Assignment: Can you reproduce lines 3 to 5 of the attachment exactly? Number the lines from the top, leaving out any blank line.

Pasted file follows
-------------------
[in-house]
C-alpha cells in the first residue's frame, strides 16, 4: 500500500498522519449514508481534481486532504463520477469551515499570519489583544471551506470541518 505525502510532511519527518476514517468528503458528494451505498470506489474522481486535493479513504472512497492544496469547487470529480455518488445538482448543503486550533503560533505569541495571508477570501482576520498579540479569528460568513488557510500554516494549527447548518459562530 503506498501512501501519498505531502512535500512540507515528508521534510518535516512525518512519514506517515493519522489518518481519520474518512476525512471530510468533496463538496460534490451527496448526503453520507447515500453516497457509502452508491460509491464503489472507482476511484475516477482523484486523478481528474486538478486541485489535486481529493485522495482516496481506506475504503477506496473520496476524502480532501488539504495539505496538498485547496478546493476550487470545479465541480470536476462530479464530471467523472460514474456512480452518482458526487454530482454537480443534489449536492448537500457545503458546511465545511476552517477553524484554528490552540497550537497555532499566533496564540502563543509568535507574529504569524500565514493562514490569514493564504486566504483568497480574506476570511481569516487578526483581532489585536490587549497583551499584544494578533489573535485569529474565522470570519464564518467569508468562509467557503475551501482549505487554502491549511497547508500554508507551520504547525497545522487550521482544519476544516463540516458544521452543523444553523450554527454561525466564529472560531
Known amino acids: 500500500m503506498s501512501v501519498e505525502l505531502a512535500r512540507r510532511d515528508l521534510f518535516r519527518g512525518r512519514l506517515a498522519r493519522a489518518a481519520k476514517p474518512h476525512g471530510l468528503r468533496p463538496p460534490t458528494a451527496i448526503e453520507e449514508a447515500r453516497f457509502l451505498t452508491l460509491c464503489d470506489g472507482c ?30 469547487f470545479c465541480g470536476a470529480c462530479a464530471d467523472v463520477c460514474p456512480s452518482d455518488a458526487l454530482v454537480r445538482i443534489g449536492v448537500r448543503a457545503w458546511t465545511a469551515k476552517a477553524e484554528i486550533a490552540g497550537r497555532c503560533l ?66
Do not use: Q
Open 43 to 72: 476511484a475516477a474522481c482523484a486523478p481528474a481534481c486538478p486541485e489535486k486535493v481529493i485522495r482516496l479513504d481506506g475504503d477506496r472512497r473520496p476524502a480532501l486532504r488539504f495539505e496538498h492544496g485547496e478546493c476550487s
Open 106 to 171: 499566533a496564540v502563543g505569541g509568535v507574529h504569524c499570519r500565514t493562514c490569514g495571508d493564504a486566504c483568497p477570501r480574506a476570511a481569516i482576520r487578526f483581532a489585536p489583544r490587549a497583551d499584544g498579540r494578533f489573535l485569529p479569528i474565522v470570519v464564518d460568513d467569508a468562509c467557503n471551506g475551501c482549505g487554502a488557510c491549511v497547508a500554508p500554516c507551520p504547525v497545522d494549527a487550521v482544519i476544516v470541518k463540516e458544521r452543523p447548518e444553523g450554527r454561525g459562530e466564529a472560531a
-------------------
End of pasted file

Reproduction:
Known amino acids: 500500500m503506498s501512501v501519498e505525502l505531502a512535500r512540507r510532511d515528508l521534510f518535516r519527518g512525518r512519514l506517515a498522519r493519522a489518518a481519520k476514517p474518512h476525512g471530510l468528503r468533496p463538496p460534490t458528494a451527496i448526503e453520507e449514508a447515500r453516497f457509502l451505498t452508491l460509491c464503489d470506489g472507482c ?30 469547487f470545479c465541480g470536476a470529480c462530479a464530471d467523472v463520477c460514474p456512480s452518482d455518488a458526487l454530482v454537480r445538482i443534489g449536492v448537500r448543503a457545503w458546511t465545511a469551515k476552517a477553524e484554528i486550533a490552540g497550537r497555532c503560533l ?66
Do not use: Q
Open 43 to 72: 476511484a475516477a474522481c482523484a486523478p481528474a481534481c486538478p486541485e489535486k486535493v481529493i485522495r482516496l479513504d481506506g475504503d477506496r472512497r473520496p476524502a480532501l486532504r488539504f495539505e496538498h492544496g485547496e478546493c476550487s